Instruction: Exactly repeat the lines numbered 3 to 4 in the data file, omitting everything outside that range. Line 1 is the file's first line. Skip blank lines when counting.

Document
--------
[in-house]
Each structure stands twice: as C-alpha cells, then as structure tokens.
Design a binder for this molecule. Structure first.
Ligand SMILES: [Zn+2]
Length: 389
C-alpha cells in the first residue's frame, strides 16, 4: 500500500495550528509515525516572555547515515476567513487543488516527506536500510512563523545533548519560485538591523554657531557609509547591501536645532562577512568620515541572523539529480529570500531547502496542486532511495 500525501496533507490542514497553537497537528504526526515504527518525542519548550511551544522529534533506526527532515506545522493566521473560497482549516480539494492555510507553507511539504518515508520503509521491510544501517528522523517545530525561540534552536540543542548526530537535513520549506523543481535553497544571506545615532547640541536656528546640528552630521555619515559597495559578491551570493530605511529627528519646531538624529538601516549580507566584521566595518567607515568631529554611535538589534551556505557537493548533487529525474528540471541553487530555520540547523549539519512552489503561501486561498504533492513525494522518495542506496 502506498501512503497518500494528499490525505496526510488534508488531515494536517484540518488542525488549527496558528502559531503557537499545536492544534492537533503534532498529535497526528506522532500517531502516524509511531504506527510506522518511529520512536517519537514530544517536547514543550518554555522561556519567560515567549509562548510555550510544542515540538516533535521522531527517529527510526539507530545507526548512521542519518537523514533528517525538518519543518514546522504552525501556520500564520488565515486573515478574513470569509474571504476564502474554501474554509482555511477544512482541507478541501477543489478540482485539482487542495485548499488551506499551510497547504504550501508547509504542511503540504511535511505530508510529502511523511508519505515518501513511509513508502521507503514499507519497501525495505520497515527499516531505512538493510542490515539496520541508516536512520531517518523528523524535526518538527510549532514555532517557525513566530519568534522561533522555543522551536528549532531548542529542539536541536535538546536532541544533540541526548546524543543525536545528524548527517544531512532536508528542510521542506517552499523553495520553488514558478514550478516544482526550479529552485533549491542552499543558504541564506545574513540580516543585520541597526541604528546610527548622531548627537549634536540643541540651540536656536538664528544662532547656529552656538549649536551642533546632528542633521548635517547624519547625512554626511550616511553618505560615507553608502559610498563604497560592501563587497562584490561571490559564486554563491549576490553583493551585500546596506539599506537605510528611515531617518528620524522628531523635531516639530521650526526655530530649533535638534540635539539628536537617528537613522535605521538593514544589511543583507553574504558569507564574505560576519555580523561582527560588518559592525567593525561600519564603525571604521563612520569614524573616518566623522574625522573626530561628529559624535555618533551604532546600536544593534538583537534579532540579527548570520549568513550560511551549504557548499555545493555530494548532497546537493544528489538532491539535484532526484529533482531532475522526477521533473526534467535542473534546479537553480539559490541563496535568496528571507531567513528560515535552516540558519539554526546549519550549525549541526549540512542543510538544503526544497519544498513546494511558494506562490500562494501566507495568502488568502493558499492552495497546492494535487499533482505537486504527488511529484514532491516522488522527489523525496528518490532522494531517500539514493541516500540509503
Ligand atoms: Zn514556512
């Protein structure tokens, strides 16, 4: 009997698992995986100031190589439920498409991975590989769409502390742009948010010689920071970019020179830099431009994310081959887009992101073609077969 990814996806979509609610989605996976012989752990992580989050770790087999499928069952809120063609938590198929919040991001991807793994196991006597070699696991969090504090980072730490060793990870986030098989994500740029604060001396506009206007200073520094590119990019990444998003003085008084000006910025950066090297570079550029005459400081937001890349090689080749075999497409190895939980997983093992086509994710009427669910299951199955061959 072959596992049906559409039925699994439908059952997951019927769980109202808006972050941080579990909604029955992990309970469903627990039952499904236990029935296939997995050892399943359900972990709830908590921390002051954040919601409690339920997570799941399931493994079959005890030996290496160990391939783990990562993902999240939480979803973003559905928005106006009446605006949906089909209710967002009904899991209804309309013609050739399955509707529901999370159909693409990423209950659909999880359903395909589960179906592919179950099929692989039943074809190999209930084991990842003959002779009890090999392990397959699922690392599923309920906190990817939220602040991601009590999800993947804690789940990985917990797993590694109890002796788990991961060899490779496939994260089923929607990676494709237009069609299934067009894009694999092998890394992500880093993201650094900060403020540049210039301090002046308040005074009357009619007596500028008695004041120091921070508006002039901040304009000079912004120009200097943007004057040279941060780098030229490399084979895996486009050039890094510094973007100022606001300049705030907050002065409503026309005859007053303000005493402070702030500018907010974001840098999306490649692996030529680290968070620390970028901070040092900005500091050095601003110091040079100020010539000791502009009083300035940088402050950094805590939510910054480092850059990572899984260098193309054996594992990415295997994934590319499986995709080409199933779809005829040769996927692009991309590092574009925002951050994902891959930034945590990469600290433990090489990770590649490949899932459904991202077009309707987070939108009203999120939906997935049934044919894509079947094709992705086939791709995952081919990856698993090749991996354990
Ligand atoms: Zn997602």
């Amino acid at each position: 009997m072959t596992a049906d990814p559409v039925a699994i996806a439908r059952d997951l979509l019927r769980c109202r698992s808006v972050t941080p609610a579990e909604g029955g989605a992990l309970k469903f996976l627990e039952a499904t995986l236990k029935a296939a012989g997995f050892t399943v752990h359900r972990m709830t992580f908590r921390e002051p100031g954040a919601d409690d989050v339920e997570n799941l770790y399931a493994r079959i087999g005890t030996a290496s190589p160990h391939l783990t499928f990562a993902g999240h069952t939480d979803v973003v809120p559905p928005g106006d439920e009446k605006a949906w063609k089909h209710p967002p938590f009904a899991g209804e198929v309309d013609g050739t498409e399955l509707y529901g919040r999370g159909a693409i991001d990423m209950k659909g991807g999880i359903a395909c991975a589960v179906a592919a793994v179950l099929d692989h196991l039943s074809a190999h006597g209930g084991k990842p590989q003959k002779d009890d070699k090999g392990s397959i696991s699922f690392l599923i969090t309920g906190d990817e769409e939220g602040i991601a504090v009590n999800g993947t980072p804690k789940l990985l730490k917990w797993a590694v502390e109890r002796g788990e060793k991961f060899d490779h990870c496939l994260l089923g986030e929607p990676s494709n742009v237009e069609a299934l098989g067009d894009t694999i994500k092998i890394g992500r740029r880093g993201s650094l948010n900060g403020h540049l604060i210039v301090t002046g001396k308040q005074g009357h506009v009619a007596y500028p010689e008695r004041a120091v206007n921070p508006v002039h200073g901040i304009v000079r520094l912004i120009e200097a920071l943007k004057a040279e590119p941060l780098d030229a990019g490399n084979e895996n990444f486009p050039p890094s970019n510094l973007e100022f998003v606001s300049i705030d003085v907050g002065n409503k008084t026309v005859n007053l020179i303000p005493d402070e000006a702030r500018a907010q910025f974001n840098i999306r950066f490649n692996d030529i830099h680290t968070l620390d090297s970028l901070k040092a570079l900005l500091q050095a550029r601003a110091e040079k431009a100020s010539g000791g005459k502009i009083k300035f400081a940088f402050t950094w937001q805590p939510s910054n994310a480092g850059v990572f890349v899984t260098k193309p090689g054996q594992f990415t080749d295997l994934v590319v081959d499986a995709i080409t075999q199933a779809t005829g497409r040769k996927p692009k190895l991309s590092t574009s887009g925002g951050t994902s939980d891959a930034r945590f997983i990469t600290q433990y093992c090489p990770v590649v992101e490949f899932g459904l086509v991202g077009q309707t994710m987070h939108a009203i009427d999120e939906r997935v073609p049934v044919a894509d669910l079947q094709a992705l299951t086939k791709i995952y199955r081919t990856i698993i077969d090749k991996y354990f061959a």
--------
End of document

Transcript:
Design a binder for this molecule. Structure first.
Ligand SMILES: [Zn+2]